Agents Mutual Insurance Co. v. Benham (Majority)

Annotate this Case
Justia Opinion Summary

On interlocutory appeal, the Supreme Court remanded this matter involving the circuit court's grant of Plaintiff's motion for class certification and denying, in part, Defendant's objections and motion for protective order, holding that the circuit court's order granting class certification failed to comply with the mandatory requirements contained in Ark. R. Civ. P. 23(b).

The Supreme Court remanded the matter without addressing the merits of the class certification and, further, did not address Defendant's claim regarding the protective order. Specifically, the Court held (1) the circuit court's order did not comply with Rule 23(b)'s requirements to define the "class claims, issues or defenses"; and (2) because the order granting class certification failed to comply with Rule 23(b), the order was not a final, appealable order. The Court then remanded the matter with instructions to enter an order that complied with Rule 23.

Download PDF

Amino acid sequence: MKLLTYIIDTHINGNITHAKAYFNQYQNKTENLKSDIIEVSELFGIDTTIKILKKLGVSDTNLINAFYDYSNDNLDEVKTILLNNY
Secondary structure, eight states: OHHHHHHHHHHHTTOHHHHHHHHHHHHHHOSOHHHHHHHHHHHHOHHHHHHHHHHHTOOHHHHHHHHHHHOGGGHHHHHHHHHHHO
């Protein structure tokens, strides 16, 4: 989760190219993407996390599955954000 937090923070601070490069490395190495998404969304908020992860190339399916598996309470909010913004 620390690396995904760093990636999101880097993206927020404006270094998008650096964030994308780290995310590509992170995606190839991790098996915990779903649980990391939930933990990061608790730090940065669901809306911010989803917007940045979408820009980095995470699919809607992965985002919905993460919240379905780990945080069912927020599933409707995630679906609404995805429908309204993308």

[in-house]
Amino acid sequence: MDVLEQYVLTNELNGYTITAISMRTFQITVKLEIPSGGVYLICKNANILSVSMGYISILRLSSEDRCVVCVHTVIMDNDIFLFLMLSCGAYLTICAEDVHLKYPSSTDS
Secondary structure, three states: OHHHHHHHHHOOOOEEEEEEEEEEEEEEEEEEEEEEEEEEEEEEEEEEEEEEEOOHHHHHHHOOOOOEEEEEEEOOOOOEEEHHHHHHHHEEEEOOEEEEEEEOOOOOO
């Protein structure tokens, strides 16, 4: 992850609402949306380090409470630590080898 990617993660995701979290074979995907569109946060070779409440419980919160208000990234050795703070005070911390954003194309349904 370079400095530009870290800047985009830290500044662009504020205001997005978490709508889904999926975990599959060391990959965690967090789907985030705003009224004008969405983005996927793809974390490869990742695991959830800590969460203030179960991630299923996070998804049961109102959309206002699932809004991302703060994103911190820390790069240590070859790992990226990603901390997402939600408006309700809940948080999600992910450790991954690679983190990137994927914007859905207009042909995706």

Cite as 2020 Ark. 39 SUPREME COURT OF ARKANSAS No. CV-18-918 Opinion Delivered: AGENTS MUTUAL INSURANCE COMPANY APPELLANT V. MELISSA BENHAM, INDIVIDUALLY AND ON BEHALF OF ALL OTHERS SIMILARLY SITUATED APPELLEE January 30, 2020 APPEAL FROM THE SEBASTIAN COUNTY CIRCUIT COURT [NO. 66-FCV-13-1110] HONORABLE STEPHEN M. TABOR, JUDGE REMANDED WITH INSTRUCTIONS. KAREN R. BAKER, Associate Justice Appellant, Agent Mutual Insurance Company (AMIC), brings an interlocutory appeal of the Sebastian County Circuit Court’s order certifying a class action filed by appellee Melissa Benham, individually and on behalf of all others similarly situated. On November 26, 2013, Benham filed a class-action complaint asserting causes of action for breach of contract and unjust enrichment. Benham’s complaint alleged that AMIC improperly depreciated the cost of labor in the payment of certain claims for dwelling or structure damages. On June 1, 2018, Benham filed a motion for class certification, appointment of class representatives, and appointment of class counsel. On September 17, 2018, the circuit court entered an order granting Benham’s motion. On the same day, the circuit court also entered an order denying, in part, AMIC’s “Objections and Motion for Protective Order” on certain discovery. AMIC brings this interlocutory appeal and presents two issues: (1) the circuit court erred in granting the motion for class certification and (2) the circuit court abused its discretion in denying, in part, AMIC’s objections and motion for protective order. Because the class-certification order at issue does not comply with Arkansas Rule of Civil Procedure 23(b), we remand this matter with instructions. I. Standard of Review An interlocutory appeal may be taken from an order certifying a case as a class action in accordance with Rule 23 of the Arkansas Rules of Civil Procedure. Circuit courts are given broad discretion in matters regarding class certification, and we will not reverse a circuit court’s decision to grant or deny class certification absent an abuse of discretion. ChartOne, Inc. v. Raglon, 373 Ark. 275, 283 S.W.3d 576 (2008). When reviewing a circuit court’s class-certification order, this court reviews the evidence contained in the record to determine whether it supports the circuit court’s decision. Teris, LLC v. Golliher, 371 Ark. 369, 266 S.W.3d 730 (2007). Our focus is “whether the requirements of Rule 23 are met,” and “it is totally immaterial whether the petition will succeed on the merits or even if it states a cause of action.” Philip Morris Cos. v. Miner, 2015 Ark. 73, at 3, 462 S.W.3d 313, 316 (quoting Am. Abstract & Title Co. v. Rice, 358 Ark. 1, 9, 186 S.W.3d 705, 710 (2004)). 2 II. Class Certification Rule 23 of the Arkansas Rules of Civil Procedure governs class actions and class certification. The rule provides, in pertinent part: (a) Prerequisites to Class Action. One or more members of a class may sue or be sued as representative parties on behalf of all only if (1) the class is so numerous that joinder of all members is impracticable, (2) there are questions of law or fact common to the class, (3) the claims or defenses of the representative parties are typical of the claims or defenses of the class, and (4) the representative parties and their counsel will fairly and adequately protect the interests of the class. (b) Class Actions Maintainable. An action may be maintained as a class action if the prerequisites of subdivision (a) are satisfied, and the court finds that the questions of law or fact common to the members of the class predominate over any questions affecting only individual members, and that a class action is superior to other available methods for the fair and efficient adjudication of the controversy. . . . An order certifying a class action must define the class and the class claims, issues, or defenses. (Emphasis added.) Having considered the requirements of Rule 23, we now turn to the circuit court’s order granting class certification: Comes now before the Court Plaintiff’s Motion for Class Certification, Appointment of Class Representatives, and Appointment of Class Counsel. Upon a review of the pleadings and after hearing argument of counsel, the Court for its Order finds: The Court hereby grants the motion and certifies the instant matter as a class action. The class is defined as: All persons and entities that received “actual cash value” payments, directly or indirectly, from Agents Mutual for loss or damage to a dwelling or other structure located in the State of Arkansas, such payments arising from events that occurred within the ten years preceding the date of the filing of the Class Action Complaint, where the cost of labor was depreciated. Excluded from the Class are: (1) all persons and entities that received a full replacement cost from Agents Mutual; (2) all persons and entities that received payment from Agents Mutual in the full 3 amount of insurance shown on the declarations page; (3) Agents Mutual and its affiliates, officers and directors; (4) members of the judiciary and their staff to whom this action is assigned; and (5) Plaintiff’s counsel. Further, the plaintiff, Melissa Benham is hereby appointed as representative of the class and her counsel, Steven E. Vowell, William B. Putman, Tom Thompson III and Casey Castleberry are appointed as attorneys of record for the class. In this case, the parties agree that the circuit court’s order does not comply with Rule 23(b). We agree. As noted above, the last sentence of subsection (b) clearly states that “[a]n order certifying a class action must define the class and the class claims, issues, or defenses.” (Emphasis added.) Here, as required by the rule, the circuit court defined the class as [a]ll persons and entities that received “actual cash value” payments, directly or indirectly, from Agents Mutual for loss or damage to a dwelling or other structure located in the State of Arkansas, such payments arising from events that occurred within the ten years preceding the date of the filing of the Class Action Complaint, where the cost of labor was depreciated. However, the circuit court failed to comply with the remainder of Rule 23(b)’s requirements to define the “class claims, issues, or defenses. As we explained in Industrial Welding Supplies of Hattiesburg, LLC v. Pinson, 2017 Ark. 315, 530 S.W.3d 854, the circuit court’s failure to define the class claims, issues, or defenses, as required by Rule 23(b), prevents this court from conducting a meaningful review of the order. See also Koppers, Inc. v. Trotter, 2019 Ark. 134, 572 S.W.3d 372. We noted that Rule 23(b) was amended in 2006 to incorporate the following sentence at the end of that subsection: “An order certifying a class action must define the class and the class claims, issues, or defenses.” Pinson, 2017 Ark. 315, at 7, 530 S.W.3d at 859 (emphasis added). In Baptist Health v. Haynes, 367 4 Ark. 382, 240 S.W.3d 576 (2006), we recognized this amendment in a footnote and quoted with approval the Addition to Reporter’s Note, 2006 Amendment, as follows: On May 25, 2006, this court issued a per curiam in which it adopted certain amendments to Rule 23. Of specific import for the case at hand, Rule 23(b) was revised to incorporate the following sentence at the end of that subsection: “An order certifying a class action must define the class and the class claims, issues, or defenses.” (Emphasis added.) The Addition to Reporter’s Note, 2006 Amendment, comments on this addition as follows: A new sentence has been added to the end of subdivision (b). As the cases make plain, the certification order must define the class in sufficiently definite terms so that the court and the parties may identify the class members. [Citation omitted.] Identifying the claims, issues, and defenses will likewise help in identifying class members and expedite the resolution of the litigation. The amendment tracks existing Arkansas law and the federal Rule. This amendment does not alter the precedent holding that the circuit court is not required to perform a rigorous analysis of the case at the certification stage. E.g., THE/FRE, Inc. v. Martin, 349 Ark. 507, 514, 78 S.W.3d 723, 727 (2002). But the circuit court must “undertake enough of an analysis to enable [the appellate court] to conduct a meaningful review.” See Lenders Title Co. v. Chandler, 353 Ark. 339, 349, 107 S.W.3d 157, 162 (2003). Addition to Reporter’s Notes, 2006 Amendment (emphasis added). Thus, this court’s case law, as reflected in Lenders Title and BPS, [v. Richardson, 341 Ark. 834, 20 S.W.3d 403 (2000)] has now been incorporated into the rule itself, and this will hopefully help litigants and courts avoid precisely this sort of issue in the future. 367 Ark. at 391 n.3, 240 S.W.3d at 583 n.3. Upon our review of the circuit court’s order, we hold that it fails to comply with the mandatory requirements contained in Rule 23(b). As in Pinson and Koppers, this finding is clearly insufficient. Accordingly, because the order granting class certification fails to comply with Rule 23(b), we remand with instructions to enter an order that complies with Rule 23. Because we remand, we are unable to address the merits of the class certification. 5 Further, we do not address AMIC’s claim regarding the protective order. Here, the record in this interlocutory appeal demonstrates that AMIC has not complied with Arkansas Rule of Appellate Procedure –Civ. 2(f), and the order is not a final, appealable order. Therefore, based on our discussion above, we remand this matter with instructions. Remanded with instructions. Special Justice A.J. KELLY joins in this opinion. WOOD, J., concurs. HUDSON, J., not participating. David A. Hodges, for appellant. Putman Law Office, by: William B. Putnam; and Taylor Law Partners, by: Steven E. Vowell, for appellee 6